Multi-threading Slicing & Hatching in PySLM

In PySLM, the slicing and hatching problem is inherently parallelisable simply because we can discretise areas the geometry into disrcete layers that for most situations behave independent. However, the actual underlying algorithms for slicing, offsetting the boundaries, clipping the hatch vectors is serial (single threaded). In order to significantly reduce the process time, multi-threaded processing is very desirable

Multi-threading in Python

Unfortunately, Python like most scripting or interpreter languages of the past are not inherently designed or destined to be multi-threaded. Perhaps, this may change in the future, but other scripting languages may fill this computational void (Rust, Julia, Go). Python, by intentions limits any multi-threaded use in scripts by using a construct known as the GIL – Global Interpreter Lock. This is a shared situation in other common scripting languages Matlab (ParPool), Javascript (Worker) where the parallel computing capability of multi-core CPUs cannot be exploited in a straightforward manner.

To some extent special distributions such as via the Anaconda distribution, core processing libraries such as numpy, scipy, scikit libraries internally are generally multi-threaded and support vectorisation via native CPU extensions. More computational mathematical operations and algorithms can to some extent be optimised to run in parallel automatically using numba, numexpr, and however, this cannot cover more broad multi-functional algorithms, such as those used in PySLM.

Python has the thread module for multi-threaded processing, however, for CPU bound processing it has very limited use This is because Python uses the global interpreter lock – GIL and this only allows one programming thread (i.e. one line) to be executed at any instance. It is mainly used for asynchronous IO (network or filesystem) operations which can be processed in the background.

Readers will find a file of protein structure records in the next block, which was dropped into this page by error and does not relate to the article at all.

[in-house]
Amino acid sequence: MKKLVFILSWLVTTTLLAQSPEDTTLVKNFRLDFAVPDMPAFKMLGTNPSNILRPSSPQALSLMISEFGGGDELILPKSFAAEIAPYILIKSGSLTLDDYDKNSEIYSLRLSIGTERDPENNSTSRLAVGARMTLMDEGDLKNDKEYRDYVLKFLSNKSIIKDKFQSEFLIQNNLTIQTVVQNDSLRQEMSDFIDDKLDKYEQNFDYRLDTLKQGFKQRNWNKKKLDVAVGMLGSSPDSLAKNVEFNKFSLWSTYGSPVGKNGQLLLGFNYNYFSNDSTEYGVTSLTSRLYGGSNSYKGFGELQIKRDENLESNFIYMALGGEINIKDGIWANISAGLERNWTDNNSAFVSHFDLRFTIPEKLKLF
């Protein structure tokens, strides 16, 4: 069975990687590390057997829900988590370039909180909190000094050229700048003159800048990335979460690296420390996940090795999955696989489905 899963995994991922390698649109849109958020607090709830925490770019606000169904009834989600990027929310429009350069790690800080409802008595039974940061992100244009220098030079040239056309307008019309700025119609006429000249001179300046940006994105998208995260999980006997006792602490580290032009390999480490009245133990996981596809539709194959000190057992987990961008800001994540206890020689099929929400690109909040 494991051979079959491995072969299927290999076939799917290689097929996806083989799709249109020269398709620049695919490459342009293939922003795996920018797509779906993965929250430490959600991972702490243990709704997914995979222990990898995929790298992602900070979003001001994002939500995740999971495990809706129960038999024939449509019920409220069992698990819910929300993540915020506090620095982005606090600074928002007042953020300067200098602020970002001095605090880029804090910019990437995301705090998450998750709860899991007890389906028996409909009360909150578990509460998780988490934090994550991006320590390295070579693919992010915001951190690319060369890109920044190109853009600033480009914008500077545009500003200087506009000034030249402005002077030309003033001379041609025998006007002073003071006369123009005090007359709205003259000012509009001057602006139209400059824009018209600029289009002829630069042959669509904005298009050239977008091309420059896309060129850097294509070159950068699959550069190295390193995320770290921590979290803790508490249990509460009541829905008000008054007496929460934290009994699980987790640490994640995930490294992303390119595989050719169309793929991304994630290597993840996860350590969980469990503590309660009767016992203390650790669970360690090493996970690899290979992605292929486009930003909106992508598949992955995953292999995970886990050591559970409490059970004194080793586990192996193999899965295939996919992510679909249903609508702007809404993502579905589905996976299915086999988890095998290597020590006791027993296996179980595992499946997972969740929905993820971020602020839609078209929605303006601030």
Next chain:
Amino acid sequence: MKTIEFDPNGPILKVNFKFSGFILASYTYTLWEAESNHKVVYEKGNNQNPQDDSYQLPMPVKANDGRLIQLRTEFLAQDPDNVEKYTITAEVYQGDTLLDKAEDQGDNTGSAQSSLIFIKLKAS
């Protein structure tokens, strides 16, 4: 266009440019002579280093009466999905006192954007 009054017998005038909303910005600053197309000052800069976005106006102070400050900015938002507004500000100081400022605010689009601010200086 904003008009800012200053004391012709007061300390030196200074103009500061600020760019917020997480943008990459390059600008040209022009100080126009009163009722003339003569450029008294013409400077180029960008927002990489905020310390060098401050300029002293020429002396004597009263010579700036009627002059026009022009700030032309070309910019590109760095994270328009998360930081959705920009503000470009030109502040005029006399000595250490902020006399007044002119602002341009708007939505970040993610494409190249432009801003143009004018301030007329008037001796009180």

Use of Multiprocessing Library in PySLM

The other option is to use the multiprocessing library built into the core Python distribution. Without going into too much of the formalities, multi-processing spawns multiple python processes and assign batches of work. The following programming article I found as a useful reference to the pitfalls of using the library.

In this implementation, the Pool and Manager modules are used to more optimally process the geometry. The most important section is to initialise the multiprocessing library with the ‘spawn‘ method, which stops random interruptions during the operation as discussed in the previous article.

from multiprocessing import Manager
from multiprocessing.pool import Pool
from multiprocessing import set_start_method


The Manager.dict acts as a ‘proxy‘ object used to more efficiently store data which is shared between each process that is launched. Without using manager, for each process launch, a copy of the objects passed are made. This is important for the geometry or Part object, which if it were to contain a lattice of a set ofs complex surface would become expensive to copy.

d = Manager().dict()
d['part'] = solidPart
d['layerThickness'] = layerThickness # [mm]

A Pool object is used to create a set number of processes via setting the parameter processes=8 (typically one per CPU core). This is a fixed number re-used across a batch through the entire computation which removes the cost of additional copying and initialising many process instances. A series of z slice levels are created representing the layer z-id. These are then merged into a list of tuple pairs with the Manager dictionary and is stored in processList.

Pool.map is used to perform the slice function (calculateLayer) and collect all computed layers following the computation.

p = Pool(processes=8)

numLayers = solidPart.boundingBox[5] / layerThickness